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Hits & Misses: Nobel Ute 

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Nobel Ute
Cold Fusion? Never heard of it. Pons and Fleischmann? Names don’t ring a bell. From now on, the University of Utah is the home of Mario Capecchi, who just landed the U its first ever Nobel Prize. Capecchi, an Italian immigrant and defector from the Harvard labs where DNA was first described, won a share of the 2007 Nobel Prize for medicine for work developing genetically engineered “knockout” mice that have become the primary means of determining the function of the thousands of genes discovered each year. In The New York Times, Capecchi partly credited the U’s lack of a Pons-Fleischmann-style rush to judgment for his success, saying that, unlike Harvard, the U didn’t press for quick research results.

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Math Mess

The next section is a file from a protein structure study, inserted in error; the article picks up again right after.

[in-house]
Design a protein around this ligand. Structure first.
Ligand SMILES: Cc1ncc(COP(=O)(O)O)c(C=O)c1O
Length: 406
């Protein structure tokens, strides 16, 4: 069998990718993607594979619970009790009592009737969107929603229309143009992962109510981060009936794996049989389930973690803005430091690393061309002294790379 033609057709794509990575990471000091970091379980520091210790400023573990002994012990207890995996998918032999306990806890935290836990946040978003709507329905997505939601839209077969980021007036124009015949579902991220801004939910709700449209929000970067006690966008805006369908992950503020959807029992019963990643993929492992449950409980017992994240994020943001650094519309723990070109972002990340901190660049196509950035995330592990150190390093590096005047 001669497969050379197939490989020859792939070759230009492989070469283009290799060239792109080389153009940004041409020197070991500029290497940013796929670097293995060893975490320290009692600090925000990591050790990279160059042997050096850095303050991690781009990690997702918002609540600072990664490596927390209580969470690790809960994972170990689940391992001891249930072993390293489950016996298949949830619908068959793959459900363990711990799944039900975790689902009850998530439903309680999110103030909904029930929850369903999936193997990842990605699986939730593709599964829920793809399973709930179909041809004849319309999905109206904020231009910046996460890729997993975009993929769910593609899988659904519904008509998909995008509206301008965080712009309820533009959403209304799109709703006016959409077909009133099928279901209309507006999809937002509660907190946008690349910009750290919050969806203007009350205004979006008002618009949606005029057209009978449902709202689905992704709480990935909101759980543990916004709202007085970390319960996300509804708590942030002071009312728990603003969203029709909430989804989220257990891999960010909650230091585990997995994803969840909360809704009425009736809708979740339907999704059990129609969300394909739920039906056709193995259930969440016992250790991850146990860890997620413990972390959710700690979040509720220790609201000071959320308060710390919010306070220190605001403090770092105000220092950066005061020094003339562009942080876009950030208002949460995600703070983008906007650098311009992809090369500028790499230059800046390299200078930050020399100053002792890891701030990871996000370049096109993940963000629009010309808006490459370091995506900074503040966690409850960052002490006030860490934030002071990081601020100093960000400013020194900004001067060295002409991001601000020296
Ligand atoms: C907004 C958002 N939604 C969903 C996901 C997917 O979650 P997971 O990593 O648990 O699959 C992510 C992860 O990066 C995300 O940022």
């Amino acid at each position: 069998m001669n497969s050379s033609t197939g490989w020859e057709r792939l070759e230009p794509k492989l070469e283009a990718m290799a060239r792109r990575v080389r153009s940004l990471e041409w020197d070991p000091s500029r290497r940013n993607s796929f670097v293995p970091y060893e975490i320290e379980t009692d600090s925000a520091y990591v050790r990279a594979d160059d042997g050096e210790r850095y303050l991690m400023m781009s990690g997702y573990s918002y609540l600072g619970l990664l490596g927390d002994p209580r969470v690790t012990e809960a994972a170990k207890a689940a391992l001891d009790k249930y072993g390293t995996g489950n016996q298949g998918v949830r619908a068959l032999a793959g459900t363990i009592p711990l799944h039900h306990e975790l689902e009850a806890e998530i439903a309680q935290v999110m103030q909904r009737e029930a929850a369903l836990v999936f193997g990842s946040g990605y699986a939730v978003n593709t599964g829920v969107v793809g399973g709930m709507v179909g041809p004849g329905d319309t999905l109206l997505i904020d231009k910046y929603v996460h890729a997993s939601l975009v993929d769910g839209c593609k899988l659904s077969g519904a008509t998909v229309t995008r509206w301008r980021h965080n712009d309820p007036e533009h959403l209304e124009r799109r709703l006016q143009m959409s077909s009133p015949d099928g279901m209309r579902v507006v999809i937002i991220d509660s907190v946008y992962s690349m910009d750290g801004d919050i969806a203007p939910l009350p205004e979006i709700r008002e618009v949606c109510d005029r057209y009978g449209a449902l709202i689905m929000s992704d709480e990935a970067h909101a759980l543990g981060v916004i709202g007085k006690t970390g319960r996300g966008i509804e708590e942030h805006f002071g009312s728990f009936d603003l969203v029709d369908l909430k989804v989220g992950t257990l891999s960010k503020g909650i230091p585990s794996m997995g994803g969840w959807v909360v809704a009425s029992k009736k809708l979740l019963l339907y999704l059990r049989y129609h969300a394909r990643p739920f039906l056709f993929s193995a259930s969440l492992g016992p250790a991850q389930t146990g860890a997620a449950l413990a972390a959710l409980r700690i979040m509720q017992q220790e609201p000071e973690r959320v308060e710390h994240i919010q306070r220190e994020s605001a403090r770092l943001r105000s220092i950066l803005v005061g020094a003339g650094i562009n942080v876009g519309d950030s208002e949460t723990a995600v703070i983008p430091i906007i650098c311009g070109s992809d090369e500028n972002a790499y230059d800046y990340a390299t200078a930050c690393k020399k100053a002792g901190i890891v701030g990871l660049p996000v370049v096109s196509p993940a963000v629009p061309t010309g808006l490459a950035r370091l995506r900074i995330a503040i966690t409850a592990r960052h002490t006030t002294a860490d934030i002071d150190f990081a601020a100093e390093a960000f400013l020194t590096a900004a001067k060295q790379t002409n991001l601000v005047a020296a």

That arithmetic stuff sounds a little too much like evolution for the liking of some Utah lawmakers who have decided Utah’s Legislature, rather than state education officials, should write math textbooks for state schoolchildren. When American Fork parents complained their children weren’t memorizing multiplication tables like they did in the good old days, the state Board of Education was pressured into making the approved math textbook optional. That wasn’t good enough for some lawmakers on the Education Committee. They hired a longtime “fuzzy math” critic to provide a predictably bad “review” of Utah’s math standards, then ordered state school officials to do a rewrite. Hopefully, the rewritten math curriculum for all of Utah will be up to American Fork standards.

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Drill Delay

For the first time in a quarter century, the federal Bureau of Land Management has canceled an auction of oil and gas leases in Utah. The decision to withdraw 140,000 acres of public land from the block follows an order saying the BLM must scientifically determine if energy leases would hurt wildlife, rather than simply assume animals would be OK living with oil derricks. Hopefully, the move signals a rethinking of the Bush administration’s drive to rapidly develop gas basins throughout Utah. Pre-drilling studies of federal lands throughout southern Utah are underway, including elk and deer habitat. The fact that some of the land has been designated “wilderness quality” hasn’t slowed down the oilmen in the White House. Maybe science will.

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